Neptune to invest over $1 bln in next five years to secure energy supplies for UK
Oil and gas company Neptune Energy will spend more than $1 billion over the next five years securing energy supplies for the UK and speeding the transition to net zero.
Neptune currently operates around 11 per cent of the UK’s gas supply from fields in the UK’s Southern North Sea and the Norwegian North Sea. The company claims it is one of the UK’s lowest carbon producers, with the carbon intensity of its production at 1.7 kg CO2/boe compared with the industry average of 20 kg CO2/boe.
Following the publication of the Government’s British Energy Security Strategy, Neptune will accelerate investment to increase the energy supply to the UK. The UK government’s strategy was revealed in early April 2022, setting out how Great Britain will accelerate the deployment of wind, new nuclear, solar and hydrogen, whilst supporting the production of domestic oil and gas in the nearer term – which could see 95 per cent of electricity by 2030 being low carbon.
In the short term, Neptune is supporting energy security by doubling gas production from its Duva field in Norway to around 13 kboepd, which will supply enough gas to heat an additional 350,000 UK homes. Duva is a subsea installation with three oil producers and one gas producer tied back to the Neptune Energy-operated Gjøa semi-submersible platform. The gas is transported by pipeline to the UK’s St Fergus gas terminal.
Furthermore, Neptune is beginning infill drilling at its operated Cygnus field in the UK next month, with the 10th well due to go on stream in October and plans for an 11th well to be brought on stream next year, helping to maintain production from Cygnus and offset the natural decline.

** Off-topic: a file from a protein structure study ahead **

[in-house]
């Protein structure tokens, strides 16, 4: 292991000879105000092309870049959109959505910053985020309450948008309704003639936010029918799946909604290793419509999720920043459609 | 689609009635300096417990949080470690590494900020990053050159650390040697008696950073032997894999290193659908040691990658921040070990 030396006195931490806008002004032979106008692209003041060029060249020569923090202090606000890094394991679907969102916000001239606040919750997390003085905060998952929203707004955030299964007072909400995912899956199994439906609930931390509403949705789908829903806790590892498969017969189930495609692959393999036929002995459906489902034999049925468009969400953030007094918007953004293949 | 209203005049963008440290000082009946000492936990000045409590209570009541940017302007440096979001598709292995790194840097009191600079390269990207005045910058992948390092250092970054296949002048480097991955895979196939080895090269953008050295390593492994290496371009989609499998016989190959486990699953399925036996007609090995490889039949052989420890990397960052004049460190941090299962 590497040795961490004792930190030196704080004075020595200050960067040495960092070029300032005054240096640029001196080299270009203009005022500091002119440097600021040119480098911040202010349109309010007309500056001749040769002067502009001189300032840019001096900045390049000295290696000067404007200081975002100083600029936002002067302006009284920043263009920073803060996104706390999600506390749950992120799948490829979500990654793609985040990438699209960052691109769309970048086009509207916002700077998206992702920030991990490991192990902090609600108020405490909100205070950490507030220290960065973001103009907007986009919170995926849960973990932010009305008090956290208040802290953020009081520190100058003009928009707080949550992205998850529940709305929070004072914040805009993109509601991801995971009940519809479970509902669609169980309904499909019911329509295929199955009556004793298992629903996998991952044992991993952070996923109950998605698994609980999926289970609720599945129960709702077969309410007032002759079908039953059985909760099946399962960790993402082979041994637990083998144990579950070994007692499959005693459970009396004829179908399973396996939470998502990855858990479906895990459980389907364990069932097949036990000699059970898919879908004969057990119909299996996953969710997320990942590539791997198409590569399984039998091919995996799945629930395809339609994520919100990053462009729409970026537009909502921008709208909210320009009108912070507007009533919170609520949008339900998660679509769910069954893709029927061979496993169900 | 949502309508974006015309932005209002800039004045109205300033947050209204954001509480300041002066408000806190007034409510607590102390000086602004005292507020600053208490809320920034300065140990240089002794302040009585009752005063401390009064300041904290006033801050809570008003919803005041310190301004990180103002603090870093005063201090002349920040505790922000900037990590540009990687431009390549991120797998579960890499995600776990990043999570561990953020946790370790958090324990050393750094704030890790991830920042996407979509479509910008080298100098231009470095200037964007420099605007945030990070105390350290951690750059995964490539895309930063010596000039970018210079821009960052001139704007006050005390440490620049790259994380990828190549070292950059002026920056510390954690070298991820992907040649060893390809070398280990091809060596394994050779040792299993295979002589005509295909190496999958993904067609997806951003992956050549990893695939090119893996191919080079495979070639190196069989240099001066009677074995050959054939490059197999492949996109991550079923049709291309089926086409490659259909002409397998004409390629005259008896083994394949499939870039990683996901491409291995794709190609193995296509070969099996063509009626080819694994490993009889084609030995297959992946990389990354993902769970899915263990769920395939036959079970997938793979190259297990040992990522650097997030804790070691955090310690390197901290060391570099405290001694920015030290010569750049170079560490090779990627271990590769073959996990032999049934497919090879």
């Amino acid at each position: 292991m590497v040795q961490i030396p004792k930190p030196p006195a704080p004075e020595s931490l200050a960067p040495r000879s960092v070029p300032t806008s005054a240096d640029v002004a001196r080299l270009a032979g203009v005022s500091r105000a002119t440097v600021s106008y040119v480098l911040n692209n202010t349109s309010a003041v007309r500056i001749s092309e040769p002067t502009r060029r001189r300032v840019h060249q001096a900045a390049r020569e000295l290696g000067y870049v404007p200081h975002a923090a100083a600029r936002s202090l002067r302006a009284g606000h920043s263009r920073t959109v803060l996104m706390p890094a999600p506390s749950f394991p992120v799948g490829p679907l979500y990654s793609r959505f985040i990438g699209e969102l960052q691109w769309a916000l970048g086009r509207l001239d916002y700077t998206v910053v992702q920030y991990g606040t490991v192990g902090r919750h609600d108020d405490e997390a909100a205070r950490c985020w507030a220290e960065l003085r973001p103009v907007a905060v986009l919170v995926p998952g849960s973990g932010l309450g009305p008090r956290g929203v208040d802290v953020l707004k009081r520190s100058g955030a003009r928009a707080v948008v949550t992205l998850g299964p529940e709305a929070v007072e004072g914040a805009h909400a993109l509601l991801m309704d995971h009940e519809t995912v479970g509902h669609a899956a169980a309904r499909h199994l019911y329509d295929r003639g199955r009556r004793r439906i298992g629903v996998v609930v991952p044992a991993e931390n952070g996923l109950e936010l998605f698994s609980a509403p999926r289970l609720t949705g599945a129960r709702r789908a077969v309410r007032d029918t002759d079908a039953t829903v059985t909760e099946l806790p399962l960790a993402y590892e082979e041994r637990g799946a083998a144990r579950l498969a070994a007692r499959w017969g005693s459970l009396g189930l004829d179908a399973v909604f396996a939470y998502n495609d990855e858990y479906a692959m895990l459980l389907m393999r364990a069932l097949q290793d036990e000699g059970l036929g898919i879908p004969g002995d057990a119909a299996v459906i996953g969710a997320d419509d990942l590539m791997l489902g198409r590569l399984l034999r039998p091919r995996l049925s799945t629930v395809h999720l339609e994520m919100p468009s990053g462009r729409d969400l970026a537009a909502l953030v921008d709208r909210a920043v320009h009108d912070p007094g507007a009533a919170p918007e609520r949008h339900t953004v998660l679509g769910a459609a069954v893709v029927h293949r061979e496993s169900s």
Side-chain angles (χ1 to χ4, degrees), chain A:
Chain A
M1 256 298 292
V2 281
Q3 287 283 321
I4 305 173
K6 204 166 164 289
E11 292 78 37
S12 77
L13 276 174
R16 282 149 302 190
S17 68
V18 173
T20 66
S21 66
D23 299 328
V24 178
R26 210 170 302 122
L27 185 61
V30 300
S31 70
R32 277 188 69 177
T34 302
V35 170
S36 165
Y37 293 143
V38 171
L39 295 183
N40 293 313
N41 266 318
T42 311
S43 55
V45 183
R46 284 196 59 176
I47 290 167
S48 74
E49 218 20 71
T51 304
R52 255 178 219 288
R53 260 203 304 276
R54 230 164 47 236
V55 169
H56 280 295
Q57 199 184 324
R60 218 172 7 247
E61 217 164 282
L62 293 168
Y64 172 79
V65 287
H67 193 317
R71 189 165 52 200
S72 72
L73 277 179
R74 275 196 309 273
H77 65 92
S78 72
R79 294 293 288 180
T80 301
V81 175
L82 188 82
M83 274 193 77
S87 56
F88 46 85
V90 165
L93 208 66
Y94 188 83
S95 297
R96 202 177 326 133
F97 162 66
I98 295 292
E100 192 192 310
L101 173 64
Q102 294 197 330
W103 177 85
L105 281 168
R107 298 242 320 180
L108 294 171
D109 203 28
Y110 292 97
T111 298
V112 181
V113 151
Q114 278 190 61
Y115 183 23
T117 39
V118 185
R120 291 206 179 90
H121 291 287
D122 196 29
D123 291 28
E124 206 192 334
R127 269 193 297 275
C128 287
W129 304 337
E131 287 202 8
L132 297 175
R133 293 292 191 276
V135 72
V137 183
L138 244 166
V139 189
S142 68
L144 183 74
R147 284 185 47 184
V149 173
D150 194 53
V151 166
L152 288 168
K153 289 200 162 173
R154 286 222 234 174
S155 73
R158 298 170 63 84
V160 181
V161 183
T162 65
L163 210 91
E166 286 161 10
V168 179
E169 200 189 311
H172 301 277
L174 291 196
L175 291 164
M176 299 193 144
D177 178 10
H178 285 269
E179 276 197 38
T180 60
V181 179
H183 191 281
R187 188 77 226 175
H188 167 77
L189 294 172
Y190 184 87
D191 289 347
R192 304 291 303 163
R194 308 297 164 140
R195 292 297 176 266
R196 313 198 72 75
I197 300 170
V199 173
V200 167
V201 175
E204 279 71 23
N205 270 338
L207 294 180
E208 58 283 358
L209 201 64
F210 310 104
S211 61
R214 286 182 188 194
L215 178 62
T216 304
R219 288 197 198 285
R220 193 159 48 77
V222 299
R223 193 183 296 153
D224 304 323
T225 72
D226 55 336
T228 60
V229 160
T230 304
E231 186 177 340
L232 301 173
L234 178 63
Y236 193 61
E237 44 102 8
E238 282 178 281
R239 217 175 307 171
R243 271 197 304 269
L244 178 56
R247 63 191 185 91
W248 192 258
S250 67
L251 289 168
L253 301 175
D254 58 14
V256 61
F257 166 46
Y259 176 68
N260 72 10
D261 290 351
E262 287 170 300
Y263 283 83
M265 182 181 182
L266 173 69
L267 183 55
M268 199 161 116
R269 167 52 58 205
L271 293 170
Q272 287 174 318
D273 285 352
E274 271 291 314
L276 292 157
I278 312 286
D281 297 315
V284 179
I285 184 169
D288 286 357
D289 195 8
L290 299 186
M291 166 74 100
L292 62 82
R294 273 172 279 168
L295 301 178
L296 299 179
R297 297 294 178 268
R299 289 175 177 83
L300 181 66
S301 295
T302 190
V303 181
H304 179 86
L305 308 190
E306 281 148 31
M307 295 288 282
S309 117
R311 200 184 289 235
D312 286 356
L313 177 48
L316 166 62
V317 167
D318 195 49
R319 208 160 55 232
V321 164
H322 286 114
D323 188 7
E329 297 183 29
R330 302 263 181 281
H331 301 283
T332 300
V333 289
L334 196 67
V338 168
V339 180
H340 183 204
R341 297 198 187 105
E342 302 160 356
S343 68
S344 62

The company noted it could supply even more energy if the UK’s Gas Safety Management Regulations are more closely aligned with European standards.
In the mid-term, Neptune is investing around $1 billion with its partners in the new Seagull development (Neptune 35 per cent), adding around 50 kboepd of production for the UK from 2023, using existing infrastructure to bring production forward quickly and efficiently. New infrastructure requirements have been minimised by the reuse of the Egret manifold tie-in point on the Heron cluster pipeline system and wash water line.
Seagull is a high pressure, high temperature (HPHT) development, on UK licence P1622, Block 22/29C. The development will be tied back to the ETAP CPF, partially using the existing subsea infrastructure.
The company is also investing a further $120 million with its partners to drill an appraisal well in the second half of this year at the Isabella prospect (Neptune 50 per cent) in the Central North Sea. Should it prove economic to develop, Neptune and its partners would invest a further $1 billion to bring the development on stream.
When it comes to long-term development options, the company is spending around $300 million in the next three years developing the Gjøa hub in Norway, which exports gas to the UK via the St Fergus terminal.
Neptune has also confirmed its interest in the UK Government’s plans for a new licensing round, focused on Neptune’s existing assets and core areas in the UK North Sea. In addition, Neptune is discussing with the North Sea Transition Authority an application for Pegasus West in the Southern North Sea, which would increase gas production via Cygnus.
The oil and gas company is investigating opportunities and future investment in the electrification of Cygnus and in carbon capture storage and hydrogen projects in the North Sea, supporting delivery of the UK’s net-zero targets.
Pete Jones, CEO of Neptune Energy, said: “Securing lower carbon energy supplies is a national priority for the UK and Neptune has an important role to play. The Government’s Energy Security Strategy gives clarity on the key role of the North Sea in providing this security and its importance in the energy transition.
“While the UK represents just 10 per cent of Neptune’s production, it is an important growth area for us, with investment options in the North Sea that will not only increase the UK’s energy security, but also support jobs and boost the supply chain.”
According to its statement, in the last three years, Neptune has spent more than $500 million securing energy supplies for the UK and has contributed more than $1.8 billion to UK GDP since 2018.